- The Illyrians (The Peoples of Europe) by John Wilkes, 1996, page 158, "...Illyrian success continued when command passed to Agron's widow Teuta, who granted individual ships a licence to universal plunder. In 231 ac the fleet and army attacked Ells and Messenia..."
- A History of Rome to A.D. 565 – page 111 by Arthur Edward Romilly Boak, William Gurnee Sinnigen, "The island of Pharos and some adjacent territory in Illyria were given to a Greek adventurer, Demetrius of Pharos"
- Gruen, 359.
- Miller, Norma. Tacitus: Annals I, 2002, ISBN 1-85399-358-1. It had originally been joined to Illyricum, but after the great Illyrian/Pannonian revolt of A.D. 6 it was made a separate province with its own governor.
- The Illyrians (The Peoples of Europe) by John Wilkes, 1996, page 183, ...Pannonian Illyrians between Italy and the East. That could only be done at a great cost and not before a rebellion of Illyricum brought the regime of Augustus to the brink of disaster.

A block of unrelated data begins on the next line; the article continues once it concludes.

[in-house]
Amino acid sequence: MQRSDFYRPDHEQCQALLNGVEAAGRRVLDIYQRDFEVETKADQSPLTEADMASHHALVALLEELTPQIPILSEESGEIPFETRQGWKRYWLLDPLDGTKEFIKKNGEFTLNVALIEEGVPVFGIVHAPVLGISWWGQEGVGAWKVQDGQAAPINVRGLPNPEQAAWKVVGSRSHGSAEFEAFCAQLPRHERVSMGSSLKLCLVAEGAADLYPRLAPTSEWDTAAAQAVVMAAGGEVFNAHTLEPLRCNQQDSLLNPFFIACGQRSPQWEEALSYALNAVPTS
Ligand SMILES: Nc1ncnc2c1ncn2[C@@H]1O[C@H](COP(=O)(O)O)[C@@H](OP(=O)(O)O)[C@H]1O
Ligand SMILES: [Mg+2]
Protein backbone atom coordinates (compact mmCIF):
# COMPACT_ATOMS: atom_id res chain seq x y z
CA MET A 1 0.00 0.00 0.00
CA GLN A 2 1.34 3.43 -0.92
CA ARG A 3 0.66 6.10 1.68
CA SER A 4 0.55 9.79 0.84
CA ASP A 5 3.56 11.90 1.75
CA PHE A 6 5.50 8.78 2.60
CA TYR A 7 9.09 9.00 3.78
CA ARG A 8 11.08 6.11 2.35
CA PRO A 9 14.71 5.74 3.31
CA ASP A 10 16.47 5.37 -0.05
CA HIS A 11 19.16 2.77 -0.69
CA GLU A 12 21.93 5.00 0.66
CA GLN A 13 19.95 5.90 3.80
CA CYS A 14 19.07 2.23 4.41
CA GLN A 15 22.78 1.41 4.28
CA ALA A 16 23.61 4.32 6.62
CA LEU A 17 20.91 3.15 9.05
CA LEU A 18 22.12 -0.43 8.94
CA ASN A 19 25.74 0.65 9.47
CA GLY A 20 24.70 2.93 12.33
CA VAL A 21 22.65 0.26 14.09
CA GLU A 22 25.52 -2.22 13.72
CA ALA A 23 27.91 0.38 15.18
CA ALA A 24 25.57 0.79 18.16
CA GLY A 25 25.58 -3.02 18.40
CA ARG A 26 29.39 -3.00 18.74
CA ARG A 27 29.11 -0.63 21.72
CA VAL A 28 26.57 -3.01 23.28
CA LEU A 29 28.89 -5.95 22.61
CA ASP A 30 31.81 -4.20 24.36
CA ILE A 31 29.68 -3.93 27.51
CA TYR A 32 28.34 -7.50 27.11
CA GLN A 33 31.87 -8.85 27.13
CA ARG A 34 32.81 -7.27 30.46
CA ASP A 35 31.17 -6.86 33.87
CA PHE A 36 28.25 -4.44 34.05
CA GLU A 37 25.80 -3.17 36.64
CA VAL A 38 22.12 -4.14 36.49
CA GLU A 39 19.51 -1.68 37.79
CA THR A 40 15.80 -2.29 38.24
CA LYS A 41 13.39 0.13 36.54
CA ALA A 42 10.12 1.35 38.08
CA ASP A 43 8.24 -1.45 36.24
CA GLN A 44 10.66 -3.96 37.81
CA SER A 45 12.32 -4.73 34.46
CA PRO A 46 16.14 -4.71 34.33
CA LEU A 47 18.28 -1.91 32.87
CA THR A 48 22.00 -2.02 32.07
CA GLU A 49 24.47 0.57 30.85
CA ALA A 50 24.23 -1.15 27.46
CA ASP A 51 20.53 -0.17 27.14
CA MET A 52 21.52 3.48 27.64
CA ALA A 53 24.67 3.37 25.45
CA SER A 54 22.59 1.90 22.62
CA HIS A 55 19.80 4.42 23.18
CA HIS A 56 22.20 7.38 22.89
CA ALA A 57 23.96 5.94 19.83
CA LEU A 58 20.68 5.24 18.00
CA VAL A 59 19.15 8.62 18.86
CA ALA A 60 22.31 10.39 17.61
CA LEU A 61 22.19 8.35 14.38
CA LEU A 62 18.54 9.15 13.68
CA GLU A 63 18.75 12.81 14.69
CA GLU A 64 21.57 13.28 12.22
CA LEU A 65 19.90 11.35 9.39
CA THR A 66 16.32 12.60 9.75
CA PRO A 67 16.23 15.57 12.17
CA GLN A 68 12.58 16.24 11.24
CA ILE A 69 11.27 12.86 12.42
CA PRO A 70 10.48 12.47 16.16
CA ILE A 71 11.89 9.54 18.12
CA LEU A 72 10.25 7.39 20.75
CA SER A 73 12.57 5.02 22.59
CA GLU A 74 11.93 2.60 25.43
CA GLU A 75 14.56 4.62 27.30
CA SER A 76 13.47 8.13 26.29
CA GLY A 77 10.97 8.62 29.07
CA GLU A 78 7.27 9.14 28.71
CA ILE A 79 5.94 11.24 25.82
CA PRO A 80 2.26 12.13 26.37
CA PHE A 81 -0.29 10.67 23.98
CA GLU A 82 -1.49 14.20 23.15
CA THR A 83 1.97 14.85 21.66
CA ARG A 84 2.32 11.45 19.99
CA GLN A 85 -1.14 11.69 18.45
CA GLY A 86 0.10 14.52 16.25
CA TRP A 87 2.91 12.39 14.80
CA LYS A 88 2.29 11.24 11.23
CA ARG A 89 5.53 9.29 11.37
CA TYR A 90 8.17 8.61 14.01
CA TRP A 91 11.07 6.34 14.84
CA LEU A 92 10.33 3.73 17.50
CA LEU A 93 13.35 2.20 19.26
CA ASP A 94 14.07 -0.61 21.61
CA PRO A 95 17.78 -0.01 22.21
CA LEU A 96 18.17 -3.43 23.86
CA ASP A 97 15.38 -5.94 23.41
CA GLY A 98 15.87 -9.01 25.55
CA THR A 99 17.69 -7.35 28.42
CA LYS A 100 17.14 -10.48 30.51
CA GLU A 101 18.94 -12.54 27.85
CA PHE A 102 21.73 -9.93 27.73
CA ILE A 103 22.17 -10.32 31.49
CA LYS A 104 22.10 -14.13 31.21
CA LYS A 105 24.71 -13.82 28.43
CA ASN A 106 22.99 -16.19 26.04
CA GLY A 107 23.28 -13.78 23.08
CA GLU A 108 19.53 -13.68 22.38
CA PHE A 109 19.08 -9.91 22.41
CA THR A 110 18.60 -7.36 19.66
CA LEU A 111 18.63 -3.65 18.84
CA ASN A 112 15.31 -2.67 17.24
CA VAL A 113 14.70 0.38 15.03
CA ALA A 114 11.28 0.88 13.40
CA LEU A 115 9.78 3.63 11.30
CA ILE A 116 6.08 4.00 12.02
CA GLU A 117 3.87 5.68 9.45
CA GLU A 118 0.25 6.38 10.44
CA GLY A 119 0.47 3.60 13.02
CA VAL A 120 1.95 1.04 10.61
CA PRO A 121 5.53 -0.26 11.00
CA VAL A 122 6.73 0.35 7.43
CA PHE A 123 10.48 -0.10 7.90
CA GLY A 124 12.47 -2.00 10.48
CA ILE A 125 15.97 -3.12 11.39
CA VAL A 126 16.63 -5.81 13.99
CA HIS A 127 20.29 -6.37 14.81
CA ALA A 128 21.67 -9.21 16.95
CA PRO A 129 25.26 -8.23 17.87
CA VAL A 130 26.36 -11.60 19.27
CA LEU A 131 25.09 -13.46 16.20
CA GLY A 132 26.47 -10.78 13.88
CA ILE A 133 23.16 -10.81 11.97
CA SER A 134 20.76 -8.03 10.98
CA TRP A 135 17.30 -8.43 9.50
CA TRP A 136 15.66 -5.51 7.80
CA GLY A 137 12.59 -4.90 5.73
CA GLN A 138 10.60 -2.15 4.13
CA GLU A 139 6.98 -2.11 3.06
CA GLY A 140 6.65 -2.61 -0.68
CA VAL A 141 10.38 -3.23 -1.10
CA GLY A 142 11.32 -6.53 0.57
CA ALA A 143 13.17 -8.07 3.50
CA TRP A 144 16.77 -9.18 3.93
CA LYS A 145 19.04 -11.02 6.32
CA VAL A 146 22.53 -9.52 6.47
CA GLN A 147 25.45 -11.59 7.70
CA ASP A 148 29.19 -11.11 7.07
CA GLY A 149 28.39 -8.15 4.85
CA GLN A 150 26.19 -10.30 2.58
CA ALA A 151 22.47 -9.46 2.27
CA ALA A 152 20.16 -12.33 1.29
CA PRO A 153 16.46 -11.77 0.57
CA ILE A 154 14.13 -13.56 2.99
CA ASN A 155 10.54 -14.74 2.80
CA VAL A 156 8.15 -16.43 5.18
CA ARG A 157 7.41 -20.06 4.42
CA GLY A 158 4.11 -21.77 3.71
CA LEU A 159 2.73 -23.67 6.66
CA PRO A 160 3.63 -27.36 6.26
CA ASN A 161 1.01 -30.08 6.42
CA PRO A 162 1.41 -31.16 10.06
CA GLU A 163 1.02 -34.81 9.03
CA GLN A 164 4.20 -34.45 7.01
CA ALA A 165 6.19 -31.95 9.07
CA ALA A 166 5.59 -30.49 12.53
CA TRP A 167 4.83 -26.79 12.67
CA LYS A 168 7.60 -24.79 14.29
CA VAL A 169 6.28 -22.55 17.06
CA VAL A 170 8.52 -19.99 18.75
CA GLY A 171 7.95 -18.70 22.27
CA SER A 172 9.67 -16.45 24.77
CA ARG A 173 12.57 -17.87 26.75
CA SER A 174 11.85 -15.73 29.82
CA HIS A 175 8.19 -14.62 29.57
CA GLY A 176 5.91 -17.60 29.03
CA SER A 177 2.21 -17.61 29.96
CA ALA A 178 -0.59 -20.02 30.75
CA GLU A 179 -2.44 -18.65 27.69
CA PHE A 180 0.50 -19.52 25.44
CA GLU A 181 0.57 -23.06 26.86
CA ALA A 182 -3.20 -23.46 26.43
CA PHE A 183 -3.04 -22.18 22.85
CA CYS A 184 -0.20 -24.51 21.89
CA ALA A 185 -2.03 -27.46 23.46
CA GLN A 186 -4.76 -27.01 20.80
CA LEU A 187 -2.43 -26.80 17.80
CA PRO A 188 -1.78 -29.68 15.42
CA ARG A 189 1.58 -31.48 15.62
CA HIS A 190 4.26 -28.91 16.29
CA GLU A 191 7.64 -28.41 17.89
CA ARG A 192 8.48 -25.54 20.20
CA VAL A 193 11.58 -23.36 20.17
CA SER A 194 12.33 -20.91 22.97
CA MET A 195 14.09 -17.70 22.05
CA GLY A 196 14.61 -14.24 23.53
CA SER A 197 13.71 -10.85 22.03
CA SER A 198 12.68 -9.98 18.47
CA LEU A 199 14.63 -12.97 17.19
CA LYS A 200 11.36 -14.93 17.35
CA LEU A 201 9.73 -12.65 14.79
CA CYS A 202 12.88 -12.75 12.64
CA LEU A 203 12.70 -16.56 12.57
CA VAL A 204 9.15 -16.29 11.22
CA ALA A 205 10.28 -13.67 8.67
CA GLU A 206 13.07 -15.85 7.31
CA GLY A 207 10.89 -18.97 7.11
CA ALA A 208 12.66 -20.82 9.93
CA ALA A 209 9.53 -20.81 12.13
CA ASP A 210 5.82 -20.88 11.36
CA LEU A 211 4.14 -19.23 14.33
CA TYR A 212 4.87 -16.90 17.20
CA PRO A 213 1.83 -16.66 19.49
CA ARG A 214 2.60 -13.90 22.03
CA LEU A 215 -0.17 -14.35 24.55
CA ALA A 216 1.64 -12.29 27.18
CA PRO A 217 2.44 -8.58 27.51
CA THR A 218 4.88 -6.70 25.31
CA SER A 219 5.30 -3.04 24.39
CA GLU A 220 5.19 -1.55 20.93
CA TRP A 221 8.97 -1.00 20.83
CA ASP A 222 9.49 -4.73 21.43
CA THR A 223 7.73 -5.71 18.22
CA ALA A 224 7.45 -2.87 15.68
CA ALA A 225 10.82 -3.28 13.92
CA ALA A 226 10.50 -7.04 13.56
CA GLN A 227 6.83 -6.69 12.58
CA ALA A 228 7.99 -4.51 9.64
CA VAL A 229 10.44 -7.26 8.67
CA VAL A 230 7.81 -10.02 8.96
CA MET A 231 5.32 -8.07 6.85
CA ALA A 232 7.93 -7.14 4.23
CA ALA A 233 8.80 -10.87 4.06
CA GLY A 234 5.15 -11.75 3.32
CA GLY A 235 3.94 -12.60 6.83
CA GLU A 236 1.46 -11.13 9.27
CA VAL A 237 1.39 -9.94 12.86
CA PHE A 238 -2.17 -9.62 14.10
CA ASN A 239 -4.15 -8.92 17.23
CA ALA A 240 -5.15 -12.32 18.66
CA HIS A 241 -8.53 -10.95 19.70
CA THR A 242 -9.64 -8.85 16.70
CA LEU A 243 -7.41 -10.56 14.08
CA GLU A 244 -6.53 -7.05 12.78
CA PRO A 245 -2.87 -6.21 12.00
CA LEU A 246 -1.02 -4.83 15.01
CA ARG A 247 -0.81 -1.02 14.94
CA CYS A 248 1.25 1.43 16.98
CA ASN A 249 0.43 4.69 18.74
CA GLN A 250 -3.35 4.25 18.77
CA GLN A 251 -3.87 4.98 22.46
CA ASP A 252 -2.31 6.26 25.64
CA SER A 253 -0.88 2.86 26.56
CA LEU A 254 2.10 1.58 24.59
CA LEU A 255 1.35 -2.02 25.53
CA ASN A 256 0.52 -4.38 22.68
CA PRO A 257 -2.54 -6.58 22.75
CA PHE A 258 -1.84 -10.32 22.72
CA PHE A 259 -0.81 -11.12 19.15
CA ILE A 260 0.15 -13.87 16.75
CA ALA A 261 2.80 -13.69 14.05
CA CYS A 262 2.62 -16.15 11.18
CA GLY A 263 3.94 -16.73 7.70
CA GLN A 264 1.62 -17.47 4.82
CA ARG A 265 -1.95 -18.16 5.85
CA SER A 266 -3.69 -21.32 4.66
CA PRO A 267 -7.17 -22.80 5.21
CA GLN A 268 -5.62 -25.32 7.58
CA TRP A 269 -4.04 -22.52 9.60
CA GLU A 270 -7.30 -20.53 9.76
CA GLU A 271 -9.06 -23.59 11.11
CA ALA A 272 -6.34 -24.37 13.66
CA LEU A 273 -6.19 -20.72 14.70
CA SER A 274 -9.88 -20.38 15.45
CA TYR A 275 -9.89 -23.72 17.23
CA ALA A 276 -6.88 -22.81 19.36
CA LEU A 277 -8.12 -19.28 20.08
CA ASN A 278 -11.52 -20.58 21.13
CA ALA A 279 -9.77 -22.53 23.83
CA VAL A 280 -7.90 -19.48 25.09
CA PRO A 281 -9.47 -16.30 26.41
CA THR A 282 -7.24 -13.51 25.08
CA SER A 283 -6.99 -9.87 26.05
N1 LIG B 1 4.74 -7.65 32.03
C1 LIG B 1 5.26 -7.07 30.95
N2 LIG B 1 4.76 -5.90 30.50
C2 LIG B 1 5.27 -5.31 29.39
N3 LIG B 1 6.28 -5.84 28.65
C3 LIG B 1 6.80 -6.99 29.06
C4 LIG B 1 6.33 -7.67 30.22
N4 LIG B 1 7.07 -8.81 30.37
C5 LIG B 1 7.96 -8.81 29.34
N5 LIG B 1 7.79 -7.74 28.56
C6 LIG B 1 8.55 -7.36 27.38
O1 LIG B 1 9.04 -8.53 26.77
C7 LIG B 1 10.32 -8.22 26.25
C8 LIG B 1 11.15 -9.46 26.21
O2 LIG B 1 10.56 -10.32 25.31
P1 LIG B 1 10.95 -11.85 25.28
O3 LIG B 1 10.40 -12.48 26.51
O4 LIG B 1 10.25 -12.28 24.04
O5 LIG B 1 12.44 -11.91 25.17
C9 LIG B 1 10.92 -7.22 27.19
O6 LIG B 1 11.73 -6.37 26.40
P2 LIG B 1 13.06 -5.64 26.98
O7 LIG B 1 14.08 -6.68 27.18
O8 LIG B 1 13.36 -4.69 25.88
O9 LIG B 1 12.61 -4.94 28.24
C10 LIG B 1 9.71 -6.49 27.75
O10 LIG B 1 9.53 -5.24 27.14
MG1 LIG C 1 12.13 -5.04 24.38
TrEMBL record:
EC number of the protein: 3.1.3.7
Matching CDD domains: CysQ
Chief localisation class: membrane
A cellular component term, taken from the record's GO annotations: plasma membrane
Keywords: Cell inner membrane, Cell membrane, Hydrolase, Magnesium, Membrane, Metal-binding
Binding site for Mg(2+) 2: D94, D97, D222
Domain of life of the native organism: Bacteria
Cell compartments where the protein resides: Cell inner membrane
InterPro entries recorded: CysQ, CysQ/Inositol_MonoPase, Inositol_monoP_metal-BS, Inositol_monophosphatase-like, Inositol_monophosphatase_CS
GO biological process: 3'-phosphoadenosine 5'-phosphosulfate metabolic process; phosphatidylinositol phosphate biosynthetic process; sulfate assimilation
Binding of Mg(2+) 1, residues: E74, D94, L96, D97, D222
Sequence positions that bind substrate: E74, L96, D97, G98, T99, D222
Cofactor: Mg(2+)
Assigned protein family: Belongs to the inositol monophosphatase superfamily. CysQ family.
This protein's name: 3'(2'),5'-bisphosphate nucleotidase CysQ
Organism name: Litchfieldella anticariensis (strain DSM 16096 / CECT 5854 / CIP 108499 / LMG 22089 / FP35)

- Wilkes, J. J. The Illyrians, 1992, p. 207, ISBN 0-631-19807-5. The rising began among the Daesitiates of central Bosnia under their leader Bato but they were soon joined by the Breuci. The four-year war which lasted from AD 6 to 9 saw huge...
- Velleius Paterculus, 2.110–111; Dio Cassius, 55.30,1
- Velleius Paterculus, Historia Romana 2.113.
- Rhoemetalces's kingdom was later annexed by emperor Claudius.
- Wilkes, J. J. The Illyrians, 1992, p. 216, ISBN 0-631-19807-5. Further east the formidable Daesitiates of central Bosnia retained their name. The great rebellion of AD 6 had been led by their chief Bato, and their relatively low total of 103 decuriae likely reflects...
- Dio Cassius LV.29–34; Suetonius Tiberius 16, 17.
- Stipčević 1989.
- The Illyrians (The Peoples of Europe) by John Wilkes, 1996, page 240
- Nicholas Sekunda and S Northwood, illustrated by Richard Hook (1995), Early Roman Armies, Men-at-Arms, Osprey Publishing, p. Colour plates, The Venetic fighting system, Fifth century BC, ISBN 1-85532-513-6